Net-zero emissions – beyond emissions reduction
As mentioned previously, SBT is currently developing a definition and international framework for companies to move towards “net-zero emissions”, in line with the 1.5°C scenario. The guidelines are currently being defined and will be a key milestone in future corporate climate action.
Achieving net-zero emissions for a company will generally require going beyond reducing emissions. This will be the third step in the process, after having carried out a carbon assessment and defined a reduction strategy (see the articles “How to measure greenhouse gas emissions and and what scope to take into account “and “Reduction strategy: what ambition should we aim for in 2030 or 2050?“).
Achieving net-zero emissions means reaching a state whereby the activities of the company’s value chain result in no net accumulation of carbon dioxide and other GHG emissions into the atmosphere1. To keep global warming below 1.5°C, this state must be reached by 20502.
The term “net-zero emissions” should therefore be distinguished from “carbon or climate neutrality“, which is currently used by companies that offset their residual emissions with an equivalent amount of carbon credits, but which does not ensure that the company has sufficiently reduced its emissions upstream.
In concrete terms, for companies to achieve net-zero emissions involves two conditions:
• A reduction in emissions from the company’s value chain at a rate consistent with the objectives of the Paris Agreement;
• Carbon sequestration of incompressible emissions. This means neutralising the impact of any residual emission sources that cannot be eliminated by permanently removing an equivalent amount of atmospheric carbon dioxide.
Furthermore, although voluntary offsetting is not accepted as a means of reducing emissions by the SBT Committee, this mechanism can be used temporarily by a company during its transition to Net Zero (i.e. between the time it undertakes to reduce its emissions and the time it reaches Net Zero).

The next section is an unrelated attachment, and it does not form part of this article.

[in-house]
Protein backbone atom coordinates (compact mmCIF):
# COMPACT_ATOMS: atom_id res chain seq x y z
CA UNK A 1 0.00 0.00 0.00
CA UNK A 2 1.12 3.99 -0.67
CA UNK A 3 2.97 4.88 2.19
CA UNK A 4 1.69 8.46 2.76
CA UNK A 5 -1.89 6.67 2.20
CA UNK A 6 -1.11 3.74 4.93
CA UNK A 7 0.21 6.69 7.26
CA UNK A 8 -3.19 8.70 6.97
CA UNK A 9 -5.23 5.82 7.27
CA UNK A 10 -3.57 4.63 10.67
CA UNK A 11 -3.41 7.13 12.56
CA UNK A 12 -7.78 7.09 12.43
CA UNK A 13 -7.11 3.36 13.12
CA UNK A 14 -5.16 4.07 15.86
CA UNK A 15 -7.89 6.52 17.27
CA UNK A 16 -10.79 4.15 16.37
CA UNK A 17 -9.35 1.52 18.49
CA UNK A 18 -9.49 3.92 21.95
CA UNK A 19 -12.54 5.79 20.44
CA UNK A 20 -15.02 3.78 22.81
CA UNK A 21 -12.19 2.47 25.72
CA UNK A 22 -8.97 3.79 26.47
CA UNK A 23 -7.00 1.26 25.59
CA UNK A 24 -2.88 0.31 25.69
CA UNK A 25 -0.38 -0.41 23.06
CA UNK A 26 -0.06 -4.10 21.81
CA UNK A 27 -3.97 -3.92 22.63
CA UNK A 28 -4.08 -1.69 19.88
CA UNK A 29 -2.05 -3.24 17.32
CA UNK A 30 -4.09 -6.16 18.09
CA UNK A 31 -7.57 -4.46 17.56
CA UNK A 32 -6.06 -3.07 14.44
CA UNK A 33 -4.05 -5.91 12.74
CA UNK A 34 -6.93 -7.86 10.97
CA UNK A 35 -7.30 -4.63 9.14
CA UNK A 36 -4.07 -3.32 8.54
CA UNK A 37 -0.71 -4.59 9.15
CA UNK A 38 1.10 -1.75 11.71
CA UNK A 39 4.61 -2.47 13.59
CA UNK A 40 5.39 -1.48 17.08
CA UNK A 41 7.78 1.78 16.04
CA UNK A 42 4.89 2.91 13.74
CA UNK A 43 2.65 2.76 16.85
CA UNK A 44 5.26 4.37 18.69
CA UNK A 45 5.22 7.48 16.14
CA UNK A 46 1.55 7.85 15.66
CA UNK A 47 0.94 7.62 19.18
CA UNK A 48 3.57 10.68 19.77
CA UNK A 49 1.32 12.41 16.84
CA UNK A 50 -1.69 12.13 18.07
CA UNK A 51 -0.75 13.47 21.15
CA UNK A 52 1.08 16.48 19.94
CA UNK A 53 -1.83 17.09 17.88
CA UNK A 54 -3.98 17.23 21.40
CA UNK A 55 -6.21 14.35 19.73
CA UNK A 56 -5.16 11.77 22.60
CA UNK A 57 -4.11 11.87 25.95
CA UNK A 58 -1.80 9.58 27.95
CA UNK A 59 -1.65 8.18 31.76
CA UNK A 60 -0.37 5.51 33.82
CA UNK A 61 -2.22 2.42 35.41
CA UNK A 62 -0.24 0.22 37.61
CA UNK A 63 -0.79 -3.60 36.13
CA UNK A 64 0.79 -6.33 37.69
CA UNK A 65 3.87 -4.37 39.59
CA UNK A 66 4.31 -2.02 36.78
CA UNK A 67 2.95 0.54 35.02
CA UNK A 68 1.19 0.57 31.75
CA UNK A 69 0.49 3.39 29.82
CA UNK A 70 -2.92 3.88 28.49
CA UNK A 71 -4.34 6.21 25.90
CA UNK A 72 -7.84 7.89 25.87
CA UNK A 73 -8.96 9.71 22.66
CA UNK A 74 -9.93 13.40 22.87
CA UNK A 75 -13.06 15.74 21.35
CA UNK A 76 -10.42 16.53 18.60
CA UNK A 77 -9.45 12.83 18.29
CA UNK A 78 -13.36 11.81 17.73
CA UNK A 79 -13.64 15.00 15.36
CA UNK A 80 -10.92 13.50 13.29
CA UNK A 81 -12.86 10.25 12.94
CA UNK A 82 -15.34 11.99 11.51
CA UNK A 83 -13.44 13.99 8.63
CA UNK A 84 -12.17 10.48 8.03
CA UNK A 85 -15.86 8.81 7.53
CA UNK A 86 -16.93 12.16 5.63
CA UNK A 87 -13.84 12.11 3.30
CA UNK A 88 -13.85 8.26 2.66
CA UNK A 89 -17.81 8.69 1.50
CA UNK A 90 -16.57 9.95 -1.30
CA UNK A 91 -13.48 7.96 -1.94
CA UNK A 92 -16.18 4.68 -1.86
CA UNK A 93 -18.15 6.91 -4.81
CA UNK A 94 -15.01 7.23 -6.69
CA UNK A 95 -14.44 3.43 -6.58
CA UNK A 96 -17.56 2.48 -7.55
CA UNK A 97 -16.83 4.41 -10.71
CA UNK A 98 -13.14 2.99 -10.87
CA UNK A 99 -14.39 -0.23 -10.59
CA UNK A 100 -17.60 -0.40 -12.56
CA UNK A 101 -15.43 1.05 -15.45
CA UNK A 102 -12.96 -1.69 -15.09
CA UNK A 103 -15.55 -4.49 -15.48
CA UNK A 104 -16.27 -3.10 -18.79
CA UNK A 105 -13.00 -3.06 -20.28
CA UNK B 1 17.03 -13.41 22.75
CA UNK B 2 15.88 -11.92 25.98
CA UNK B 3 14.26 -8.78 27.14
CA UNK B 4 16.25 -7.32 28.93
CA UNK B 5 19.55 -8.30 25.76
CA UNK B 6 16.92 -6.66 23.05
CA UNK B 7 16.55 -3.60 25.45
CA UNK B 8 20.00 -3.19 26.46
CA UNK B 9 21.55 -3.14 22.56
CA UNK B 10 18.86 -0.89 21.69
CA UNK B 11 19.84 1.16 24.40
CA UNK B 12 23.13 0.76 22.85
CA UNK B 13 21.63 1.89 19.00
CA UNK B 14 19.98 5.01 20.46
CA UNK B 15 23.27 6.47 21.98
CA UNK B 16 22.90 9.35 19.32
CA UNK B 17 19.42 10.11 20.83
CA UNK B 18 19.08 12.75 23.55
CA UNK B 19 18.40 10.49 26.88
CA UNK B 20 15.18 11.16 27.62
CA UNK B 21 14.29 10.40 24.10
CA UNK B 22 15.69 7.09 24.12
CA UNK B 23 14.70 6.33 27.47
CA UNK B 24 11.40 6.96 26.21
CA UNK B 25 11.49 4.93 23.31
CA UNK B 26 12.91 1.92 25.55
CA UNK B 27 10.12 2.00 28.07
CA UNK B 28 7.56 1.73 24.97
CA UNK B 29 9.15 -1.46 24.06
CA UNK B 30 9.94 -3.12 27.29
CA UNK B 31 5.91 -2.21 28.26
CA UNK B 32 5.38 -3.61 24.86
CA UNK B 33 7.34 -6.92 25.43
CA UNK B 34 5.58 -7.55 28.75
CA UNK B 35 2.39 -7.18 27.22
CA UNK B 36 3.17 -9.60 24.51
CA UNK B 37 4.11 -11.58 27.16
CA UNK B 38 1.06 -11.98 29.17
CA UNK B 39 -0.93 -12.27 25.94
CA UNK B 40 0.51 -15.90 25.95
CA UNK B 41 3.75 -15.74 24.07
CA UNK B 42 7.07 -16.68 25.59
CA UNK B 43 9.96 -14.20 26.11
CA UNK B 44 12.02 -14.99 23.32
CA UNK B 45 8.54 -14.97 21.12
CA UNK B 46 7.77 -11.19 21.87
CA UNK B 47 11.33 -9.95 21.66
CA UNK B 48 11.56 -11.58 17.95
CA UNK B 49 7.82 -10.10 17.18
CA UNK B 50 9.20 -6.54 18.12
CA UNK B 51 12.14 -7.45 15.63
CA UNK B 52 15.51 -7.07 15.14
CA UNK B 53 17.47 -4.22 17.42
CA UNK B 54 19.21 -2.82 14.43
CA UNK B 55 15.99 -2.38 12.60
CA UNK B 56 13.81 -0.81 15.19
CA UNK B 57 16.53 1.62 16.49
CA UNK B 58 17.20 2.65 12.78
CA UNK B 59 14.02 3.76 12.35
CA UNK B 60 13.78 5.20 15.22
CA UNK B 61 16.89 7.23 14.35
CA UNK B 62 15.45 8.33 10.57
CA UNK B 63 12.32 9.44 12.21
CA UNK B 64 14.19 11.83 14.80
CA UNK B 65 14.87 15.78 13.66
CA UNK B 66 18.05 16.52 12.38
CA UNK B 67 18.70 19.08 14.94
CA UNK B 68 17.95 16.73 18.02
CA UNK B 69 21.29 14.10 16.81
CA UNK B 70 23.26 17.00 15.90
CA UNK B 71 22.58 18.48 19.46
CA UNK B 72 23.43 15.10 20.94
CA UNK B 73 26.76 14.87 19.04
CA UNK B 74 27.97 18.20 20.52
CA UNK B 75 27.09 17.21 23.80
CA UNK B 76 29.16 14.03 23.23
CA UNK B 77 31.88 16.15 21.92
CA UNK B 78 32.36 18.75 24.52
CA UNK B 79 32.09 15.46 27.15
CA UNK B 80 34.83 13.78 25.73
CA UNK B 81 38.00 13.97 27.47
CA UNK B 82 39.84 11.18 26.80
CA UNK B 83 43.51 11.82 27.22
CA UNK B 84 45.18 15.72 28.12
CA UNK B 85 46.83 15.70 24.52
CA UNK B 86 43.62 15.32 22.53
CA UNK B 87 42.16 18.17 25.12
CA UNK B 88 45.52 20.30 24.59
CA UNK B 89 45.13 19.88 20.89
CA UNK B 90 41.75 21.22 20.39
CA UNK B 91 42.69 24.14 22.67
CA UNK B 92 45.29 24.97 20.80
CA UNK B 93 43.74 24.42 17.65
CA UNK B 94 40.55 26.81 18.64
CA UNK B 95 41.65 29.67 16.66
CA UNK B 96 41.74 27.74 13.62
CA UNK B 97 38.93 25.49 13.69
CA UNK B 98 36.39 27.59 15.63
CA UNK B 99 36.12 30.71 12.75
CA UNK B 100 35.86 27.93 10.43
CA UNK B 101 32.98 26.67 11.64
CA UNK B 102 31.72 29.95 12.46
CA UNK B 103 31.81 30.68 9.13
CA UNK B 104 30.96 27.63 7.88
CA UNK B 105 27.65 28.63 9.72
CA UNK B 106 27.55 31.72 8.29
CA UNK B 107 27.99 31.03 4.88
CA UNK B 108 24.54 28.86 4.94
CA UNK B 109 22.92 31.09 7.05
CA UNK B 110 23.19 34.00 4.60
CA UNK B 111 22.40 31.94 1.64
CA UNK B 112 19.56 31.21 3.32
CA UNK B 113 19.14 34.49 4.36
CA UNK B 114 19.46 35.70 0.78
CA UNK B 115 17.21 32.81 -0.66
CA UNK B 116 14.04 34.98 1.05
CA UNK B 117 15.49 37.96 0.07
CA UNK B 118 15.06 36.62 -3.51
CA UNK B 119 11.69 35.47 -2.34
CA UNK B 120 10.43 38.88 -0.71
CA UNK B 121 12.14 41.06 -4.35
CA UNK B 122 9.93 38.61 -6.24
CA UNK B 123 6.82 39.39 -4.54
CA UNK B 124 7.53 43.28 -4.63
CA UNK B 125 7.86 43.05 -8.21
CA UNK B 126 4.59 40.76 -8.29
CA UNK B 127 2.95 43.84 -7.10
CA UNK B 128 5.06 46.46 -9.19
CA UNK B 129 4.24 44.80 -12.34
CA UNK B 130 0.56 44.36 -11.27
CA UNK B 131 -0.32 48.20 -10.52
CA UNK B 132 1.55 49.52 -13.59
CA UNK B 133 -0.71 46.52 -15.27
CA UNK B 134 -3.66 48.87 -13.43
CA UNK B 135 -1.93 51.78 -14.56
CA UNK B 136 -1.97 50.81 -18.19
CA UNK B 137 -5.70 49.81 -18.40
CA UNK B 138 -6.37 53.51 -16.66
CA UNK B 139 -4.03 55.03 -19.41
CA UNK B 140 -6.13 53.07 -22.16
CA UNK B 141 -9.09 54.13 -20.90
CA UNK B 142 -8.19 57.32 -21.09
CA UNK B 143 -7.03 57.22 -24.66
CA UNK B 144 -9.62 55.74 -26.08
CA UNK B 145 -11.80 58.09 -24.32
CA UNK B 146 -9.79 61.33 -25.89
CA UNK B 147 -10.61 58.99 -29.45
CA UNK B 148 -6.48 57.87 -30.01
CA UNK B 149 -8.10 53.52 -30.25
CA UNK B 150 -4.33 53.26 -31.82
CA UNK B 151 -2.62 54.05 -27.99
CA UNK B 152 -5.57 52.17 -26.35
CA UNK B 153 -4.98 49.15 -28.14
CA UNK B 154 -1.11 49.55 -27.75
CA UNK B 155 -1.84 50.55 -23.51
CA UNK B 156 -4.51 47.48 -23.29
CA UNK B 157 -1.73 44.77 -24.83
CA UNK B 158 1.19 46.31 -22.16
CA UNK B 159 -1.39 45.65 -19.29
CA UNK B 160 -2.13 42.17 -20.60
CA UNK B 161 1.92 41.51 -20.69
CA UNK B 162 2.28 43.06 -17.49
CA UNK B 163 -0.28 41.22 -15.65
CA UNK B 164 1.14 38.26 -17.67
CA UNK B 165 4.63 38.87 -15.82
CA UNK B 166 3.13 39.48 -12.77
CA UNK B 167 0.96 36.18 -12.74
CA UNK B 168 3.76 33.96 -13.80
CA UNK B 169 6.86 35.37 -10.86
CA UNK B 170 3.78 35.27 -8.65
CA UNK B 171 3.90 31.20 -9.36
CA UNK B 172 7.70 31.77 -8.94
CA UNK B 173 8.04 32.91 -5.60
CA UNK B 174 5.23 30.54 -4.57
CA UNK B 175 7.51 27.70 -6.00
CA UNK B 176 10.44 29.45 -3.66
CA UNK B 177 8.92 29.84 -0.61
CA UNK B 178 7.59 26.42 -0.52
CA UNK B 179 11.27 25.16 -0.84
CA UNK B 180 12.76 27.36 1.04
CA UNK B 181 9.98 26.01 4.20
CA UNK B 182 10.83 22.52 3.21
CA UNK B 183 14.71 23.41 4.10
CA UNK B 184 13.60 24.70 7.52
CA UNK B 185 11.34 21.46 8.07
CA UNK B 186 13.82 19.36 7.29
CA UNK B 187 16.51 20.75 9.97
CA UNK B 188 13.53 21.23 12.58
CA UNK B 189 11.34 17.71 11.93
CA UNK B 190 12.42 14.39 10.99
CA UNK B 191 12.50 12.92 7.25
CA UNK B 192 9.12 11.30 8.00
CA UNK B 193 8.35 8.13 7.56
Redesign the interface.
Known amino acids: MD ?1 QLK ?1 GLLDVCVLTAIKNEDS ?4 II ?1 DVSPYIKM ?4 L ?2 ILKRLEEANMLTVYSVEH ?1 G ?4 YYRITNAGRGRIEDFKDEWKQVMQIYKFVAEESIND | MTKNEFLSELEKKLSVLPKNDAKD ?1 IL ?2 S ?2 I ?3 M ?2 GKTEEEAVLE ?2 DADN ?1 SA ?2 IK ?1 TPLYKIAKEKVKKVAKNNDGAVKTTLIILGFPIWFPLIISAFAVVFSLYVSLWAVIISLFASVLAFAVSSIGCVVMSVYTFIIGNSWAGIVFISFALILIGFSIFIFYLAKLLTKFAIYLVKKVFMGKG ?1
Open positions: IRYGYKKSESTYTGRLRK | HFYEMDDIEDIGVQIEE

Figure 1: Climate Positive Approach and mitigation strategies. Based on SBTi Net Zero documents.
Sequestration or carbon neutralisation consists of removing tonnes of CO2e from within or outside the value chain. This mechanism is fairly recent and several types of carbon sequestration projects are being developed in Belgium and elsewhere. It can be industrial (or artificial) sequestration via CO2 capture technologies (from the atmosphere or at the source of the emissions), but also biological (or natural) sequestration through storage in soils or by trees.
The precise description of accepted neutralisation projects and the minimum criteria required (permanence, social and environmental guarantees, etc.) will be specified in the coming months.
The concept of offsetting is derived from emissions trading schemes. Under this approach, organisations can purchase carbon credits that guarantee that corresponding emissions have been avoided or sequestered, usually by another organisation, in a project outside the scope of the buyer’s emissions inventory. Offsetting based on such projects, usually located in transitional or developing countries, allowed the financing of emission reduction projects in countries that were not subject to an emission cap under the Kyoto Protocol.
Today, however, the situation has changed. Since the Paris Agreement in 2015, all industrialised, transitional and developing countries must cap their emissions and regularly review their level of reductions’ ambition. So there is no longer really an “elsewhere” where industrialised countries or organisations can relocate their reduction efforts. On the other hand, the science is clear that the reductions needed are significantly greater than those projected at the time of the initiation of the Kyoto Protocol: global emissions must reach “net zero” shortly after 2050. Relying on reductions outside one’s own perimeter therefore only postpones the challenge of reducing one’s own emissions.
The role of voluntary offsetting in the context of setting Net Zero SBT targets for companies is complementary but optional. Further details on certain aspects, including the definition of a reference carbon price, are under discussion.
Do you want to take your climate strategy a step further and become the first Belgian company to commit to a scientific Net Zero goal? Contact our experts.
2 However, the SBT initiative specifies the obligation to set an intermediate target before 2050.
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